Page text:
From creamy, caramelized candies, to numbingly nutty nougat, to ooey-gooey, giddying gum-- get your yet-to-be-tantalized taste buds and tender hearts warmed by a world of pure imagination at Centreville High School’s production of Roald Dahl’s “Willy Wonka.”
The charming musical by Leslie Bricusse and Timothy Allen McDonald recounts the story of Roald Dahl’s “Charlie and the Chocolate Factory” to the enchanting score by Bricusse and Anthony Newley. Willy Wonka’s days as a creative chocolate connoisseur are coming to a close. He slips five golden tickets into his global chocolate bars, and after putting the lucky winning children through terrifying temptation tests, Wonka hopes to find a protege to inherit his factory. The show shifts the blame of badly behaved children onto the problem’s root--bad parenting.
Alexander Cox’s performance as Wonka was marked by mesmerizing vocals. With a soft, tender tone, Cox’s lines dripped with enticing sweetness. Consistently nudging his shoulders knowingly, and paired with a reassured smile, Cox created an alluringly comforting character. Cox brought dimension to Wonka through apathetic maliciousness, where following a child’s death, Cox sported a wide grin and moved swiftly without concern. Most terrifying was when Cox cackled maniacally amidst terrified shrieks after a sudden extinction of lights.
Where Cox’s voice had an older quality to it, Madelyn Regan’s Charlie sang with animated excitement. In songs like “Think Positive!” Regan bounded across the stage, skipping and jumping with energy. Each line burst with enthusiasm, Regan’s tight and rapid vibrato punctuating the air with cartoonish charisma. Regan’s facial expressions were joyfully pronounced. When expressing Charlie’s desire to “eat a lifetime of chocolate,” Regan’s eyebrows pursed with anticipation, and almost squealed instead of talking.
Katie Wood’s performance as Veruca featured salsa-like sass. Wood portrayed Veruca as explosive and striking -- stomping, shrieking, and pouting at every second. Wood carried a haughty posture, nose lifted into the air with snobbery. With a blend of dance-like sways and jagged jumps, Wood retained Veruca’s flashy character in the song “I Want it Now!” striding with importance to center stage and singing with a whiny, high pitch.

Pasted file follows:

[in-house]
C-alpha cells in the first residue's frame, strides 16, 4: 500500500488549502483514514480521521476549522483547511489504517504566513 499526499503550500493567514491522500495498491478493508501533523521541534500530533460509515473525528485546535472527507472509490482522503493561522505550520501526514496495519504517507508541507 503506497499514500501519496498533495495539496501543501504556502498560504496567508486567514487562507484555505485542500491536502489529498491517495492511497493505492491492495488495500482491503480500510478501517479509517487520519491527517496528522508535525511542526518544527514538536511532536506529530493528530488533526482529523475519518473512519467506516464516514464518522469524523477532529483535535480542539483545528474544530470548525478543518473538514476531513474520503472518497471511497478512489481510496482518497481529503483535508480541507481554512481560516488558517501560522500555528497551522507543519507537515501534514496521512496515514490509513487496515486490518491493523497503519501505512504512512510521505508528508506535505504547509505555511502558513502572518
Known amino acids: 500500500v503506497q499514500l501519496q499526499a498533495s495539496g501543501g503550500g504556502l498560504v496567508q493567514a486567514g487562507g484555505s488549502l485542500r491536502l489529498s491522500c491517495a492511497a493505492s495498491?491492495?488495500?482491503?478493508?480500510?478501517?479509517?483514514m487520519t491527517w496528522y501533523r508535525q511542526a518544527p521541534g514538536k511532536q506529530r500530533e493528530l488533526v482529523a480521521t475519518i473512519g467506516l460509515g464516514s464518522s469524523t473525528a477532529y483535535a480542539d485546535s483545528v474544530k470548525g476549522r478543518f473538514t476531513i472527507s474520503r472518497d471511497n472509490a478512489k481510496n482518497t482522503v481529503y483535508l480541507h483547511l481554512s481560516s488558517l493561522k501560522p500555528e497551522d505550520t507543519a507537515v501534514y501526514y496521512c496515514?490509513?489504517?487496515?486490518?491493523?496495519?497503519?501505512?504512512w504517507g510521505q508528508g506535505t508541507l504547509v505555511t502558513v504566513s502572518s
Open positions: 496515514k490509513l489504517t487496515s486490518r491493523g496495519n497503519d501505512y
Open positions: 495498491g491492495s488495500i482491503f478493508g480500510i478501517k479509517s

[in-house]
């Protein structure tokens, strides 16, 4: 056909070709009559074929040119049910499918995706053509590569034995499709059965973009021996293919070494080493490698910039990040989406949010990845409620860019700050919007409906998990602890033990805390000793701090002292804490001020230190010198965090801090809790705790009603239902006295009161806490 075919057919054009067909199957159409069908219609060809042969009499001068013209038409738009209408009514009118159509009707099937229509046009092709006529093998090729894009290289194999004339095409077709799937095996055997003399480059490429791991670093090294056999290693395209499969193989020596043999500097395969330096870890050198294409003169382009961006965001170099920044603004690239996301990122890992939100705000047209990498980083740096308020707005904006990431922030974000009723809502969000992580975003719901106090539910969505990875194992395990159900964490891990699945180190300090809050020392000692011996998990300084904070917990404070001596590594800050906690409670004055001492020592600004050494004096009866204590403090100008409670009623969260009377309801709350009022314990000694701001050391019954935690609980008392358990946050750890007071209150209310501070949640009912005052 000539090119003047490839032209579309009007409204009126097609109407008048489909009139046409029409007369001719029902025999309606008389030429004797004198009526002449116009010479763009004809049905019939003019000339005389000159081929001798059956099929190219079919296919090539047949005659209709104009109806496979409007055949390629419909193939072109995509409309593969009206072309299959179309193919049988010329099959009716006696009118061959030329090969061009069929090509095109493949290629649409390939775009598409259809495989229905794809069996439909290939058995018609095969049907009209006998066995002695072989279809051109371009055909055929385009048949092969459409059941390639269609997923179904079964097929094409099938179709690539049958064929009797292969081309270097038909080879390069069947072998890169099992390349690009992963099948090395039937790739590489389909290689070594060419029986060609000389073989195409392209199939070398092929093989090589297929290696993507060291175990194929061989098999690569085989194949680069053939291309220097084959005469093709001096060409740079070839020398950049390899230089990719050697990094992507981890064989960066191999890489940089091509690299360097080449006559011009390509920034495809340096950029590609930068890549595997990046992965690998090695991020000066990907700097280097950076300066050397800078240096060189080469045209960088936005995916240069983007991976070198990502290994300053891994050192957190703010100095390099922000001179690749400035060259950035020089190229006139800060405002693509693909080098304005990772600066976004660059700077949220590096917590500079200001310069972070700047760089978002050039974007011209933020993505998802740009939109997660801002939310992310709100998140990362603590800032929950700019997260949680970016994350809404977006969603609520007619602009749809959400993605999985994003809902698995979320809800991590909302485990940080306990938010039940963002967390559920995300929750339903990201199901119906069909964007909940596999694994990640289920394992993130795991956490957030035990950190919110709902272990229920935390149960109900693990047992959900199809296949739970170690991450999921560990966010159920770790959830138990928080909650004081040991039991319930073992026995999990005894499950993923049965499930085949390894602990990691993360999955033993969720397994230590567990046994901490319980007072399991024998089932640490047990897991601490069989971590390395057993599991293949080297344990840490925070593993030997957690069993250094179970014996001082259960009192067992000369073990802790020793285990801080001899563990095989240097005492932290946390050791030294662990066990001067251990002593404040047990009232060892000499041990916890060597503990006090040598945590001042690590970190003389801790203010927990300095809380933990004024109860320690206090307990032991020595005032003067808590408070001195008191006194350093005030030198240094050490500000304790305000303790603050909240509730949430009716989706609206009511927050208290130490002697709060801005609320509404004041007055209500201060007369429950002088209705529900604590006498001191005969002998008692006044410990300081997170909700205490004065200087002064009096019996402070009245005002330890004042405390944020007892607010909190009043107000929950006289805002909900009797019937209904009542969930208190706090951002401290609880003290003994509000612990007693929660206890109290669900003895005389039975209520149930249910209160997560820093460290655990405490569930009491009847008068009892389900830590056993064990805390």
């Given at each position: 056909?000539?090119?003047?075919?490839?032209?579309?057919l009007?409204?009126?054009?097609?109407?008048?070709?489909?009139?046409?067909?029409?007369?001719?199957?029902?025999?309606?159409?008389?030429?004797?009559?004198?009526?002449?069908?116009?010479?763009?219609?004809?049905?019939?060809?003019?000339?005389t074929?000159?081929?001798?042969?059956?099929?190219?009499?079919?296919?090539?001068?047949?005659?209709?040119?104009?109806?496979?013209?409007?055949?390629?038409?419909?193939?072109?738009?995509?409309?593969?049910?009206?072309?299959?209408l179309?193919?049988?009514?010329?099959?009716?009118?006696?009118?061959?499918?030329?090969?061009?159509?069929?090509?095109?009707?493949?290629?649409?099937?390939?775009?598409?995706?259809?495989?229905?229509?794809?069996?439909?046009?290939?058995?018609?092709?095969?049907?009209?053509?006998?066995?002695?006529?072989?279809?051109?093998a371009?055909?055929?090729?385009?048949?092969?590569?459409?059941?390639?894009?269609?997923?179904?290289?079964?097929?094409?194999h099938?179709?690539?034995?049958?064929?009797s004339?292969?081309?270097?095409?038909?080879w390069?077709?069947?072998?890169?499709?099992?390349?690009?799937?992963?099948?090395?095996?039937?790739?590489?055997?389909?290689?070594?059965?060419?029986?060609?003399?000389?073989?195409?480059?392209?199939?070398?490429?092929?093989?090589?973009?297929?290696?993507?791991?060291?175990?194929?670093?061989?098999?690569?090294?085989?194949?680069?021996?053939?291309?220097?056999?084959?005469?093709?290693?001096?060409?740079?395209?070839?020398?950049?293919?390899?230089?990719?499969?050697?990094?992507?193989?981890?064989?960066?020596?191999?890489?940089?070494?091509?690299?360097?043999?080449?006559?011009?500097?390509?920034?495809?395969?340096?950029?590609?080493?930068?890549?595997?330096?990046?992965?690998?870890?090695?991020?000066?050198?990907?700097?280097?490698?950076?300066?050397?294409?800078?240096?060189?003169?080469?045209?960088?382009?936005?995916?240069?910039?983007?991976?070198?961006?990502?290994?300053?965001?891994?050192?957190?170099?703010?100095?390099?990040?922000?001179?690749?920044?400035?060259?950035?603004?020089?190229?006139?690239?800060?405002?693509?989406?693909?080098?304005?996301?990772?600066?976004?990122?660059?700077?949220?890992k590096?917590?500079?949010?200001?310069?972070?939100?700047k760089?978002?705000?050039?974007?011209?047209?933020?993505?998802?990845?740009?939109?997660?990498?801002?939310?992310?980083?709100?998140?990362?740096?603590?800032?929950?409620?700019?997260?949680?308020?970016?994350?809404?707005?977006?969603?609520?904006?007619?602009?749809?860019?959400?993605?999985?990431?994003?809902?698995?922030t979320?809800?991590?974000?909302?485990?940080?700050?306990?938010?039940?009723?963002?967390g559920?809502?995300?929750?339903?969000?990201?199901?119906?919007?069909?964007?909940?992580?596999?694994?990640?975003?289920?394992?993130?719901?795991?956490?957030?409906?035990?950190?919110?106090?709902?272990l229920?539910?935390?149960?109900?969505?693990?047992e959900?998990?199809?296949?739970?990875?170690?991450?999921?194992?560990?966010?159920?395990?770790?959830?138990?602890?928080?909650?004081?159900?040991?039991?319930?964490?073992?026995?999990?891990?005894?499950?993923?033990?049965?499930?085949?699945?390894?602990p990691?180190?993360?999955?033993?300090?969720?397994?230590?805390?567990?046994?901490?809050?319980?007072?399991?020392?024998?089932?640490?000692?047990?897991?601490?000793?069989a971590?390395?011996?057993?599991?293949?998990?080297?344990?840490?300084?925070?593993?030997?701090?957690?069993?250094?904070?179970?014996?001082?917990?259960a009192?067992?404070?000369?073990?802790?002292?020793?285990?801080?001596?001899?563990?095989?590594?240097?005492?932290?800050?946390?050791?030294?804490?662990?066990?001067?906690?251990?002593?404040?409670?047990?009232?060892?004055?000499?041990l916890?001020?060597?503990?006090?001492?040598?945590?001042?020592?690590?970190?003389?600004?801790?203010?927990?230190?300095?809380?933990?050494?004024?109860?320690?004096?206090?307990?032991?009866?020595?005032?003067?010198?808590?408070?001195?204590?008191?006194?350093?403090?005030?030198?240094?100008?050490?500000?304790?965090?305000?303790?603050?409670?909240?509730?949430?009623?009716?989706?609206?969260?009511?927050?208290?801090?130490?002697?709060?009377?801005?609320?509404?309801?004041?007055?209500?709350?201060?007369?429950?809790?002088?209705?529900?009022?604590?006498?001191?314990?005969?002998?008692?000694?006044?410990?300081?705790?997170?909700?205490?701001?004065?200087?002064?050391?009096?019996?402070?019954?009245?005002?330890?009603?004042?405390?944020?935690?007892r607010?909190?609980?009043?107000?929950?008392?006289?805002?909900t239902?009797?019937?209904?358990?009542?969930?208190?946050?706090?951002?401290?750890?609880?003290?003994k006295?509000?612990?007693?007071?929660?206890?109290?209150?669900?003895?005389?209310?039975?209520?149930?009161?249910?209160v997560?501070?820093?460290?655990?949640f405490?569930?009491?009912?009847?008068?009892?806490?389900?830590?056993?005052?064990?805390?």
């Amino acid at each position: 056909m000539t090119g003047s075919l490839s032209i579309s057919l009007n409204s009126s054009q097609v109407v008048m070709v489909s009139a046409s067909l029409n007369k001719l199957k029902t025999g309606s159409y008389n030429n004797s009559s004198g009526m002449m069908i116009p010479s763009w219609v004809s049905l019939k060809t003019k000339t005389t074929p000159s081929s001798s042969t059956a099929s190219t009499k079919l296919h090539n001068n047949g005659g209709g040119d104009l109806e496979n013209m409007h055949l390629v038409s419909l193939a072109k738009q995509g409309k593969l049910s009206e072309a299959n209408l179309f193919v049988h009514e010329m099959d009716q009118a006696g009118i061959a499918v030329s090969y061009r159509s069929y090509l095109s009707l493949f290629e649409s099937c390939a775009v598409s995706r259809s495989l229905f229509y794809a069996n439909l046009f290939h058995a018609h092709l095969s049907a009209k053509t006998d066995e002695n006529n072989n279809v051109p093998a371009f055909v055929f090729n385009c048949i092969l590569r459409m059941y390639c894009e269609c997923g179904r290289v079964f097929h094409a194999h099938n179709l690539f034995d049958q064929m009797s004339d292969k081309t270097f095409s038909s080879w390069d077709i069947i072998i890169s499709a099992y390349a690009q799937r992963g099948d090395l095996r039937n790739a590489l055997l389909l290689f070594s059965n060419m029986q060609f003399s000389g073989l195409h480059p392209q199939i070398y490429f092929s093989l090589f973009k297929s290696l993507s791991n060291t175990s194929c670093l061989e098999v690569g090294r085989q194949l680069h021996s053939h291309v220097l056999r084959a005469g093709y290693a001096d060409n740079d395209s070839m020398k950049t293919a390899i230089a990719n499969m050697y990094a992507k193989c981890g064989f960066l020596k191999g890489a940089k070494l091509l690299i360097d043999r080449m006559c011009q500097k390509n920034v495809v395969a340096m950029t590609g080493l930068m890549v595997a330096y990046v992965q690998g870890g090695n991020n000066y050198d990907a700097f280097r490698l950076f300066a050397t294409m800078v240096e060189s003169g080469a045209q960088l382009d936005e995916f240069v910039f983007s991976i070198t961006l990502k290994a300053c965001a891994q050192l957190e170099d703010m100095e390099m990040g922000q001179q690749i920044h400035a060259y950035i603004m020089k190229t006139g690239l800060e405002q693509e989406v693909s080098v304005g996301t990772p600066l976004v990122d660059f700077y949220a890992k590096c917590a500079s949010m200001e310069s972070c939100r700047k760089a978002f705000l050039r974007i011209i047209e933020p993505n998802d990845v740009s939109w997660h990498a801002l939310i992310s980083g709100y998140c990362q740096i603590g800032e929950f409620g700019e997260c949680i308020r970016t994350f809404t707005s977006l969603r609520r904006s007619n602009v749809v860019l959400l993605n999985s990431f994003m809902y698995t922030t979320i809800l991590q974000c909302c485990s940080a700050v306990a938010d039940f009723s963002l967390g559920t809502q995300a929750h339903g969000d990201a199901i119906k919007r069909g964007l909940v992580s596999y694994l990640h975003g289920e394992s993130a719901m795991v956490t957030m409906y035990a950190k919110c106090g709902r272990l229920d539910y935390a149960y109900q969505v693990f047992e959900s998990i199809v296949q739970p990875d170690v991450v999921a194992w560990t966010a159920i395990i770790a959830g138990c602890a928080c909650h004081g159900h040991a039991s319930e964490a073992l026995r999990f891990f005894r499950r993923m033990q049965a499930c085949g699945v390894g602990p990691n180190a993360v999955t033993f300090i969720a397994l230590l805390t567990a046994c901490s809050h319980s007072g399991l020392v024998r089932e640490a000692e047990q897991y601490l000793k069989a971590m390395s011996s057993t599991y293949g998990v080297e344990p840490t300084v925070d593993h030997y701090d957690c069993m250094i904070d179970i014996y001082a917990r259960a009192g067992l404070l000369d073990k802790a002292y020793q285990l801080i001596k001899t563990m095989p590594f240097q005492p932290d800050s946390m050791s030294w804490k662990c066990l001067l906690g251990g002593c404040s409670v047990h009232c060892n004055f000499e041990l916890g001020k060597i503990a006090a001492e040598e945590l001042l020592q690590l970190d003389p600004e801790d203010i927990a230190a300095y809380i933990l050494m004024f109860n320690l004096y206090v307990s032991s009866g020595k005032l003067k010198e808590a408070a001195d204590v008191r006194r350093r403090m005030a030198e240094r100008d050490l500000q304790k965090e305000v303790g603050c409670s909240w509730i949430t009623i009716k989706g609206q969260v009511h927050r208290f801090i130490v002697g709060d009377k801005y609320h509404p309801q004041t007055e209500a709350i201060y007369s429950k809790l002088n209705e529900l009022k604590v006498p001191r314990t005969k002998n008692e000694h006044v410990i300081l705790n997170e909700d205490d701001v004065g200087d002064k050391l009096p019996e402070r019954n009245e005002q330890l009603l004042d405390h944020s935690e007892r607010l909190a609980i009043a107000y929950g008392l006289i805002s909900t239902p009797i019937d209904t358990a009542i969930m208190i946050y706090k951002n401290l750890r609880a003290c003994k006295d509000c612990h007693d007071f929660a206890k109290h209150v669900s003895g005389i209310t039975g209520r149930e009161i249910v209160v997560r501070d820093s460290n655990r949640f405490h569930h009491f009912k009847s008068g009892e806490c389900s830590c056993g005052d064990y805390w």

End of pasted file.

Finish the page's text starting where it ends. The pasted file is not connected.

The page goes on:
Other notable performances include Gabriel Amiryar’s (Augustus) comical delivery. Most entertaining was the song “I Eat More.” Armiyar fell to the ground dramatically, hung off the side of the stage, and waited for someone to pick him back up.
The costume design by Laura Mineo and Emily Thomas used distinctive colors to identify the children: harsh navy blue for brash Violet, ditzy, girlish pink for daddy’s-little-girl Veruca, slimy green for unkempt Mike, flashy orange for striking Augustus, and faded blue for poor, but hopeful Charlie. The parents’ costumes masterfully reflected their children. Mr. Salt’s silky rose tie linked him to daughter Veruca, while Mrs. Beauregarde’s sapphire-print business gown aligned her to daughter Violet. Choosing to tie only one element to their children allowed the parents to retain individual personalities while insinuating that the children were an exaggeration of their parents’ characteristics.
Keshmin Curtusan and Jayla Eddy’s sound design seamlessly amplified the cast’s voices. In large ensemble numbers, the duo adjusted the myriad of microphones to balanced perfection, ensuring the ensemble rang with unified clarity. During vocal solos, they deftly dropped the ensemble voices to a supporting hum. This cushioned the soloist with a melodic backdrop and allowed their moment to glisten. Segments of the “Oompa Loompa” songs started with the squeaky Oompa Loompa Ensemble singing in mystifying excitement, then fell to a gentle lull as a child began deliberating their tragedy with fervor.
Nostalgic, heartwarming, and full of childlike wonder, Centerville High School’s production makes anyone feel like they won a golden ticket.
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